18 December 2019

First plastics bans next year as part of phase-out

| Ian Bushnell
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Plastic cutlery ban

The Government is set to ban plastic cutlery. Photo: File.

The ACT will begin phasing out single-use plastics next year, with the Government flagging legislation to immediately ban certain items related to takeaway food and putting the distributors of other products such as fruit and vegetable bags on notice.

The initial ban will cover plastic cutlery, expanded polystyrene takeaway food and beverage containers, and plastic stirrers, with business given a further 12 months before the next wave of bans.

Legislation proposed for 2021 will ban plastic fruit and vegetable barrier bags; oxodegradable plastic products, which break down into fragments; and plastic straws, except for people who need them, such as those with disabilities.

The ACT will become the only jurisdiction in the country to ban fruit and vegetable bags, but will provide a 12-month lead-in time after the legislation is passed for supermarkets and grocers to put in place alternatives.

In the long term, plastic-lined coffee cups and lids, single-use plastic dinnerware, more heavyweight plastic bags and cotton earbuds are also in the firing line.

In October the government released the findings of its community consultation on the issue, which showed strong support for bans.

Minister for Recycling and Waste Reduction Chris Steel said the community demanded action on single-use plastics.

“The ACT Government will introduce legislation to ban the sale and distribution of problematic and unnecessary single-use plastic products early next year,” he said.

“Canberrans are overwhelmingly supportive of strong regulatory action to ban single-use plastics, and the Government is acting.

“Times have changed and our community and our government want to reduce the legacy of plastic waste in our environment for following generations.”

Mr Steel said products such as expanded polystyrene foam containers were a relic of the past and would be banned immediately because they were not sustainable, and there were clear alternatives already available.

“We won’t be proposing to ban plastic-lined coffee cups or single-use plastic dinnerware at this point in time, but we are placing them on the list for future action,” he said.

Mr Steel said the Government was holding off action on coffee cups, due to the current voluntary Green Cafeen ‘swap and go’ coffee cup scheme being introduced in Canberra cafes this month.

In relation to plastic plates, the Government was concerned about plastic dinnerware alternatives contaminating paper and cardboard waste streams following the COAG waste export ban due to come into force at the end of next year

Mr Steel said the Government recognised that collaboration with the community, local businesses and other organisations would be important during the development and implementation of the legislation.

“Government ‘plastic busters’ will provide information and support for business during the transition,” he said.

Minister for Disability Suzanne Orr said the government would work with disability representatives on the implementation of the ban to ensure that people with disability still had access to plastic straws if they needed them.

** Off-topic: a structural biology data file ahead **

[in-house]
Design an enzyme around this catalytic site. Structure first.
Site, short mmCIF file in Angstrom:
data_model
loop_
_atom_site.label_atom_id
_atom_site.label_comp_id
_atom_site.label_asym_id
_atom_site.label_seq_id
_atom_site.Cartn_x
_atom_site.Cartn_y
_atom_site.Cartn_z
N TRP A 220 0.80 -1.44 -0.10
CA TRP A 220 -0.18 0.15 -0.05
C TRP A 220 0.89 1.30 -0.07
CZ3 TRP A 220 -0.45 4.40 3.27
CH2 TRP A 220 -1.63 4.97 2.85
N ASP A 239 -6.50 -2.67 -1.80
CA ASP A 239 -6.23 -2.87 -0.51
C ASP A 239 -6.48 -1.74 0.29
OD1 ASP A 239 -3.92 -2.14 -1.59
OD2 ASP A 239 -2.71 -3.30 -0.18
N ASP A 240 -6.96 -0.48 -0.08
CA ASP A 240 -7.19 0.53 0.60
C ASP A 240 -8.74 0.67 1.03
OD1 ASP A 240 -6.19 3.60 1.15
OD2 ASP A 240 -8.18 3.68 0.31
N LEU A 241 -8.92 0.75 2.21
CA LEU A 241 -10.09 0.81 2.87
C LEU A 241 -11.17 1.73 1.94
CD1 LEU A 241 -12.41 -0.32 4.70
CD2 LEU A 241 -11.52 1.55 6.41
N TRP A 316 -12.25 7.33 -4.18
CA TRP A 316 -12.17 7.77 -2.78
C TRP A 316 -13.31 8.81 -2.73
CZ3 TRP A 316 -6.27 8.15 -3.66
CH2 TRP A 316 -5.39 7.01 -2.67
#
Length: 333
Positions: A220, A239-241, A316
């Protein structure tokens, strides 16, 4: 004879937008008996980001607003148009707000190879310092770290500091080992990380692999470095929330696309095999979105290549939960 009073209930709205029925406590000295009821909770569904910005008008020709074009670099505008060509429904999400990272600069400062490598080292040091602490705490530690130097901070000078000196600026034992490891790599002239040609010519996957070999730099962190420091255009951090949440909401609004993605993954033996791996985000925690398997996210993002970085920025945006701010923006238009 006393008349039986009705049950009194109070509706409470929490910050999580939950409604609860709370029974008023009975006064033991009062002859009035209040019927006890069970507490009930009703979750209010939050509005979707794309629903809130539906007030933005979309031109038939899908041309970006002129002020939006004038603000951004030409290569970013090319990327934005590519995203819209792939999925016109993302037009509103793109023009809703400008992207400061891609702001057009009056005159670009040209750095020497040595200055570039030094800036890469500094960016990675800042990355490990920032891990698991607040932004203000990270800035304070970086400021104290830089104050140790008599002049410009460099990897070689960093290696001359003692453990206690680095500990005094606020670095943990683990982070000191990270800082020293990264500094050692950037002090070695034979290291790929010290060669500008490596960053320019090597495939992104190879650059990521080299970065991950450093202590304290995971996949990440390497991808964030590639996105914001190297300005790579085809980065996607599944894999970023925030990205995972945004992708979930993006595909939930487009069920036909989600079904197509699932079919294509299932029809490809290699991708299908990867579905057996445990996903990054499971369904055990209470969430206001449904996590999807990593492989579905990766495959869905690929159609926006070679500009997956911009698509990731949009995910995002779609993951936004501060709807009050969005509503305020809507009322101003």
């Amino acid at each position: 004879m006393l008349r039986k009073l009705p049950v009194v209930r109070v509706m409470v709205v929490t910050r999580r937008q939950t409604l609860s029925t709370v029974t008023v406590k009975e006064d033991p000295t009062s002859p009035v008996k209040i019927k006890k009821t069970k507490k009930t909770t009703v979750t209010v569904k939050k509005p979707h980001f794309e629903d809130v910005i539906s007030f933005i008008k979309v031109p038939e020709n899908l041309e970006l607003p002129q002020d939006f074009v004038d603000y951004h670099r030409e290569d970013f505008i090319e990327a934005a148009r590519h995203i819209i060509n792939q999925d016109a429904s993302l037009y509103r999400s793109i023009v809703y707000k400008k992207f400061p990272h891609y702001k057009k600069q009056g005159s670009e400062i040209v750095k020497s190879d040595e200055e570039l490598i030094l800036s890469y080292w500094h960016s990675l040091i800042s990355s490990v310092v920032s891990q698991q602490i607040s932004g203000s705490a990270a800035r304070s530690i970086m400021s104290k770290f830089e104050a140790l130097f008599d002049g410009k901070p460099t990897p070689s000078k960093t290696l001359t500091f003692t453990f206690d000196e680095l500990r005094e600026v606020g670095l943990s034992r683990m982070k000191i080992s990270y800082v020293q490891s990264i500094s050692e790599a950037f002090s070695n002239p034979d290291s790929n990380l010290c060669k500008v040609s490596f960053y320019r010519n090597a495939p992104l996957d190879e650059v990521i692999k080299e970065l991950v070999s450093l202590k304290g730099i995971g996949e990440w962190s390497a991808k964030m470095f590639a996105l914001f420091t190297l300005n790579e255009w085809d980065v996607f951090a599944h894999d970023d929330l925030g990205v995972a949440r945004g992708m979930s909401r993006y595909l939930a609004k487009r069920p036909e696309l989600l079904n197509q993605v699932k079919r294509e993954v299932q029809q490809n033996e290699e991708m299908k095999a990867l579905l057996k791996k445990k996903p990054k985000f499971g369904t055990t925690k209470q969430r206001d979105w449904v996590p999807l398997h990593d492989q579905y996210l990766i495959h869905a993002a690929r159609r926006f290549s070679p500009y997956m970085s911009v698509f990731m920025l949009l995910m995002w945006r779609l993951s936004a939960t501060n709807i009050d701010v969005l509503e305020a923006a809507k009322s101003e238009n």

“We’ve heard from the community that, for people with disability, there isn’t always an alternative option to plastic straws. With this in mind, we will work alongside people with disability and their advocates to ensure this legislation works for people with disability, so our city stays the most inclusive city in Australia, while at the same time we protect our environment,” Ms Orr said.

Mr Steel said the ACT Government would continue to advocate for national recognition of regulatory approaches to phasing out single-use plastics, providing a coordinated approach between jurisdictions.

The ACT’s proposal was not supported at the recent Meeting of Environment Ministers in November.

It is expected that the Plastics Reduction Bill 2020 will be debated in the Legislative Assembly in the first quarter of 2020. A Next Steps policy document has been released outlining the plan and will be made available at www.yoursay.act.gov.au/single-use-plastics.

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The Federal Government – in association with state & territory governments – needs to invest in recycling facilities around the country. And provide incentives to companies that could manufacture products using these recycled materials. Surely that would be a great employment boost all around the country – including in regional areas.

HiddenDragon7:13 pm 16 Dec 19

“Legislation proposed for 2021 will ban plastic fruit and vegetable barrier bags”

People who eat out a lot will feel good about this (because it won’t be much of a problem for them). It will also have a nostalgic appeal for back-to-the-future progressives (particularly those with relatively leisurely lifestyles) who will see it as a selective return (they’ll like it on their imported smartphones) to the halcyon days of string bags, two-wheeled shopping trolleys, corner shops and (but this would never be acknowledged) stay at home mums who had the chance to shop several times a week.

The majority won’t like it, which is why it won’t happen until after the next Territory election – and why no other jurisdiction is doing it.

Wonderful; about time.

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